In On the Move: A Life (public library) – the immeasurable and incompressible rewards of which I have previously extolled at great length and with great love – Dr. Sacks, a Thoreau of the mind, recounts how his relationship with Gunn shaped his own evolution as a writer. In fact, his very autobiography is titled after Gunn's poem "On the Move" from his 1959 collection Sense of Movement.
Thom Gunn in the early 1960s, around the time Dr. Sacks met him (Courtesy of Oliver Sacks)
To be sure, Sacks's love affair with writing predates his meeting Gunn and even his foray into science. Nicknamed Inky as a boy for his voracious appetite for pen and paper, which covered everything in ink, he began journaling at an early age – a formative practice of learning to think on paper and converse with himself. Joining the extensive roster of celebrated writers who championed the creative benefits of keeping a diary and speaking to the potency of journaling as an antidote to Tom Waits's complaint about the inopportune timing of the muse, Sacks writes:
I started keeping journals when I was fourteen and at last count had nearly a thousand. They come in all shapes and sizes, from little pocket ones which I carry around with me to enormous tomes. I always keep a notebook by my bedside, for dreams as well as nighttime thoughts, and I try to have one by the swimming pool or the lakeside or the seashore; swimming too is very productive of thoughts which I must write, especially if they present themselves, as they sometimes do, in the form of whole sentences or paragraphs...
But for the most part, I rarely look at the journals I have kept for the greater part of a lifetime. The act of writing is itself enough; it serves to clarify my thoughts and feelings. The act of writing is an integral part of my mental life; ideas emerge, are shaped, in the act of writing.
My journals are not written for others, nor do I usually look at them myself, but they are a special, indispensable form of talking to myself.
Dr. Sacks captures a thought in his journal at Amsterdam's busy train station (Photograph: Lowell Handler)
The need to think on paper is not confined to notebooks. It spreads onto the backs of envelopes, menus, whatever scraps of paper are at hand. And I often transcribe quotations I like, writing or typing them on pieces of brightly colored paper and pinning them to a bulletin board.
What Sacks is describing is akin to a commonplace book – that Medieval Tumblr in which thinkers recorded quotations and ideas from whatever they were reading, assembling a personal archive of the ideas that shaped their own minds. (Brain Pickings is essentially one giant commonplace book, and this very piece a sort of bulletin board pinned to which is my discourse with Sacks's extraordinary text.)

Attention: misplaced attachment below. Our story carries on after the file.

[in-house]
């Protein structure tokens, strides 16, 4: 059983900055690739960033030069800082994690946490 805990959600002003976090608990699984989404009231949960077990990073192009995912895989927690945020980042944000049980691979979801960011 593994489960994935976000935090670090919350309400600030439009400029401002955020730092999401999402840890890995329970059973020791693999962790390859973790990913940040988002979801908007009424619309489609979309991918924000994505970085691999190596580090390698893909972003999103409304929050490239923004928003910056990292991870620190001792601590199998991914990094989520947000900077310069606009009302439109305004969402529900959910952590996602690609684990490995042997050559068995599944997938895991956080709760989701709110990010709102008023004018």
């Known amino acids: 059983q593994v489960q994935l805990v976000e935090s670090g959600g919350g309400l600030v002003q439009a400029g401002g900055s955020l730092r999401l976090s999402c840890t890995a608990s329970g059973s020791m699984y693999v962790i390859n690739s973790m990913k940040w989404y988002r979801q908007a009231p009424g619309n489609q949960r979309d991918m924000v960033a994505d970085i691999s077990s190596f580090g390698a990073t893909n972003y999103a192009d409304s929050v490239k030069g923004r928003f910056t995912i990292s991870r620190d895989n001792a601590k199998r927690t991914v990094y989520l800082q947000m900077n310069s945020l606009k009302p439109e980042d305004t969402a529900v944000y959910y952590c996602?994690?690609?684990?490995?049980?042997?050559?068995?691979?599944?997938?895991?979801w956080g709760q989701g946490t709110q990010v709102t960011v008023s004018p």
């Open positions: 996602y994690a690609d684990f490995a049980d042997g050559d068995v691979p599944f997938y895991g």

Another thought recorded atop a car roof on the side of the road (Courtesy of Oliver Sacks)
By the time he was in graduate school, Sacks began externalizing these inner conversations, doing for others what he had been doing for himself on the pages of his journals – clarifying the complexities of mental life at the intersection of science and storytelling, honing the singular gift for which he is so beloved today.
He was so electrified by working with patients at a migraine clinic in the mid-1960s that he felt compelled to transmute these insights into a book. But when he finally finished the manuscript and showed it to his boss at the clinic – a prominent but petty and egomaniacal neurologist by the name of Arnold P. Friedman – he was curtly told that the manuscript was garbage, that he had to destroy it, and that he dare not think about turning it into a book ever again; or else, Friedman threatened, Sacks would be promptly fired and barred from getting another job anywhere in America. Friedman confiscated the manuscript and locked it away.
Still, Sacks trusted that he had written something substantive and important – something that might forever change our understanding of how the mind works. He suppressed his feelings for months but, finally, the resentment exploded into action: One night, with the help of the clinic's janitor, he sneaked in and, between midnight and 3 A.M., arduously copied his own notes by hand. The next day, he told Friedman he was taking a long leave to London and when his boss demanded a reason, Sacks responded that he had no choice but to write the forbidden book.
He was fired via telegram a week later. And yet a strange sense of liberation set in, which he poured into the writing.